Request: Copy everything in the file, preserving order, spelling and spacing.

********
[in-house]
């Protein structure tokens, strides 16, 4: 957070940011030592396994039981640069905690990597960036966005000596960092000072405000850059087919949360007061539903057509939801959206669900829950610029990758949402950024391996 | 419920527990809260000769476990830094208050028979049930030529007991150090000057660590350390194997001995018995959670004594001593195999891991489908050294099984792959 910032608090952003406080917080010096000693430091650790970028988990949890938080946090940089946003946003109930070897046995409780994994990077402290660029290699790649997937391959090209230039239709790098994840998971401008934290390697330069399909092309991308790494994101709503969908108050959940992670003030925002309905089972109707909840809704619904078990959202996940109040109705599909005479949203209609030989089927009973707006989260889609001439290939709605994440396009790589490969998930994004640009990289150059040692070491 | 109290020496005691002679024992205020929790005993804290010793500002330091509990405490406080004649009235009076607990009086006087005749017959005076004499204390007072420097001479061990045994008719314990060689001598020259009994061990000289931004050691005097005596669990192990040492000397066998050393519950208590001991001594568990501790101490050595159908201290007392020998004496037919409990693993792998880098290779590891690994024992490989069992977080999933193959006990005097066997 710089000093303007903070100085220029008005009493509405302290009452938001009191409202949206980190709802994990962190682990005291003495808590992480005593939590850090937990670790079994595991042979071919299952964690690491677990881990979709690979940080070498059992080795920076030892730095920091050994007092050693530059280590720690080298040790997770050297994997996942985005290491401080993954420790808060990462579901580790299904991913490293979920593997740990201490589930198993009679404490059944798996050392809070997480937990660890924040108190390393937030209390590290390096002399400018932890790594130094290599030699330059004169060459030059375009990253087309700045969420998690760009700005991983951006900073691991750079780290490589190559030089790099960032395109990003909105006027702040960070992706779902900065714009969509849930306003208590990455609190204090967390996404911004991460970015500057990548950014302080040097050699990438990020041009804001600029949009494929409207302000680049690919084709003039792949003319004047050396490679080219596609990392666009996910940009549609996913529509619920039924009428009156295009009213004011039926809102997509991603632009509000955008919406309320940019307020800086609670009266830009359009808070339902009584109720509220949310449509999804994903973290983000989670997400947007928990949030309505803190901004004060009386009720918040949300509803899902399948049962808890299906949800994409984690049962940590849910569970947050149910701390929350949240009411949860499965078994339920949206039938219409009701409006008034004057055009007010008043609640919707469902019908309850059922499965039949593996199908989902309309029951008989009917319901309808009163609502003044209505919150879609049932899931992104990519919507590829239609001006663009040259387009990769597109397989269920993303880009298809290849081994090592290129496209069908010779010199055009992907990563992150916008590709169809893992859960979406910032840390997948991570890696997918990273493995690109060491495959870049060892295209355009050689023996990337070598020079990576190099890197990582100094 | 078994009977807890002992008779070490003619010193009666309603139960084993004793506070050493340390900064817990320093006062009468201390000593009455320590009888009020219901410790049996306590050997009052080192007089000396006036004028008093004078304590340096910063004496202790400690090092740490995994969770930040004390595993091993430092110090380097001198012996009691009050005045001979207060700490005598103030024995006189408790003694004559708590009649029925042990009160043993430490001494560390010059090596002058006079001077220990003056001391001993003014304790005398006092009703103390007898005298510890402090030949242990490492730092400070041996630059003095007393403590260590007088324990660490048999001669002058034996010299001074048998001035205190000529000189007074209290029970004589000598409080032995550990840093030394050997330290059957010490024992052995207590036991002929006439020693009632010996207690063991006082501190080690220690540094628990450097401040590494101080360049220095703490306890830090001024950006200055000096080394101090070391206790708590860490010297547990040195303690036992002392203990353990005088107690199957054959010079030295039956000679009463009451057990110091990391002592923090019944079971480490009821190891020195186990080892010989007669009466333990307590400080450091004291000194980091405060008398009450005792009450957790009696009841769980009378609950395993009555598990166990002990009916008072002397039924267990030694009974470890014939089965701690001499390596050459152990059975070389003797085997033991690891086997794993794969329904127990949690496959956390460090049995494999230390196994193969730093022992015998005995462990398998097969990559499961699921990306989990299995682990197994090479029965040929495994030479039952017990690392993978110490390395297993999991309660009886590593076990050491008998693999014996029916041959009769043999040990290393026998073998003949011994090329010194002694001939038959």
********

[in-house]
């Protein structure tokens, strides 16, 4: 957070940011030592396994039981640069905690990597960036966005000596960092000072405000850059087919949360007061539903057509939801959206669900829950610029990758949402950024391996 | 419920527990809260000769476990830094208050028979049930030529007991150090000057660590350390194997001995018995959670004594001593195999891991489908050294099984792959 910032608090952003406080917080010096000693430091650790970028988990949890938080946090940089946003946003109930070897046995409780994994990077402290660029290699790649997937391959090209230039239709790098994840998971401008934290390697330069399909092309991308790494994101709503969908108050959940992670003030925002309905089972109707909840809704619904078990959202996940109040109705599909005479949203209609030989089927009973707006989260889609001439290939709605994440396009790589490969998930994004640009990289150059040692070491 | 109290020496005691002679024992205020929790005993804290010793500002330091509990405490406080004649009235009076607990009086006087005749017959005076004499204390007072420097001479061990045994008719314990060689001598020259009994061990000289931004050691005097005596669990192990040492000397066998050393519950208590001991001594568990501790101490050595159908201290007392020998004496037919409990693993792998880098290779590891690994024992490989069992977080999933193959006990005097066997 710089000093303007903070100085220029008005009493509405302290009452938001009191409202949206980190709802994990962190682990005291003495808590992480005593939590850090937990670790079994595991042979071919299952964690690491677990881990979709690979940080070498059992080795920076030892730095920091050994007092050693530059280590720690080298040790997770050297994997996942985005290491401080993954420790808060990462579901580790299904991913490293979920593997740990201490589930198993009679404490059944798996050392809070997480937990660890924040108190390393937030209390590290390096002399400018932890790594130094290599030699330059004169060459030059375009990253087309700045969420998690760009700005991983951006900073691991750079780290490589190559030089790099960032395109990003909105006027702040960070992706779902900065714009969509849930306003208590990455609190204090967390996404911004991460970015500057990548950014302080040097050699990438990020041009804001600029949009494929409207302000680049690919084709003039792949003319004047050396490679080219596609990392666009996910940009549609996913529509619920039924009428009156295009009213004011039926809102997509991603632009509000955008919406309320940019307020800086609670009266830009359009808070339902009584109720509220949310449509999804994903973290983000989670997400947007928990949030309505803190901004004060009386009720918040949300509803899902399948049962808890299906949800994409984690049962940590849910569970947050149910701390929350949240009411949860499965078994339920949206039938219409009701409006008034004057055009007010008043609640919707469902019908309850059922499965039949593996199908989902309309029951008989009917319901309808009163609502003044209505919150879609049932899931992104990519919507590829239609001006663009040259387009990769597109397989269920993303880009298809290849081994090592290129496209069908010779010199055009992907990563992150916008590709169809893992859960979406910032840390997948991570890696997918990273493995690109060491495959870049060892295209355009050689023996990337070598020079990576190099890197990582100094 | 078994009977807890002992008779070490003619010193009666309603139960084993004793506070050493340390900064817990320093006062009468201390000593009455320590009888009020219901410790049996306590050997009052080192007089000396006036004028008093004078304590340096910063004496202790400690090092740490995994969770930040004390595993091993430092110090380097001198012996009691009050005045001979207060700490005598103030024995006189408790003694004559708590009649029925042990009160043993430490001494560390010059090596002058006079001077220990003056001391001993003014304790005398006092009703103390007898005298510890402090030949242990490492730092400070041996630059003095007393403590260590007088324990660490048999001669002058034996010299001074048998001035205190000529000189007074209290029970004589000598409080032995550990840093030394050997330290059957010490024992052995207590036991002929006439020693009632010996207690063991006082501190080690220690540094628990450097401040590494101080360049220095703490306890830090001024950006200055000096080394101090070391206790708590860490010297547990040195303690036992002392203990353990005088107690199957054959010079030295039956000679009463009451057990110091990391002592923090019944079971480490009821190891020195186990080892010989007669009466333990307590400080450091004291000194980091405060008398009450005792009450957790009696009841769980009378609950395993009555598990166990002990009916008072002397039924267990030694009974470890014939089965701690001499390596050459152990059975070389003797085997033991690891086997794993794969329904127990949690496959956390460090049995494999230390196994193969730093022992015998005995462990398998097969990559499961699921990306989990299995682990197994090479029965040929495994030479039952017990690392993978110490390395297993999991309660009886590593076990050491008998693999014996029916041959009769043999040990290393026998073998003949011994090329010194002694001939038959």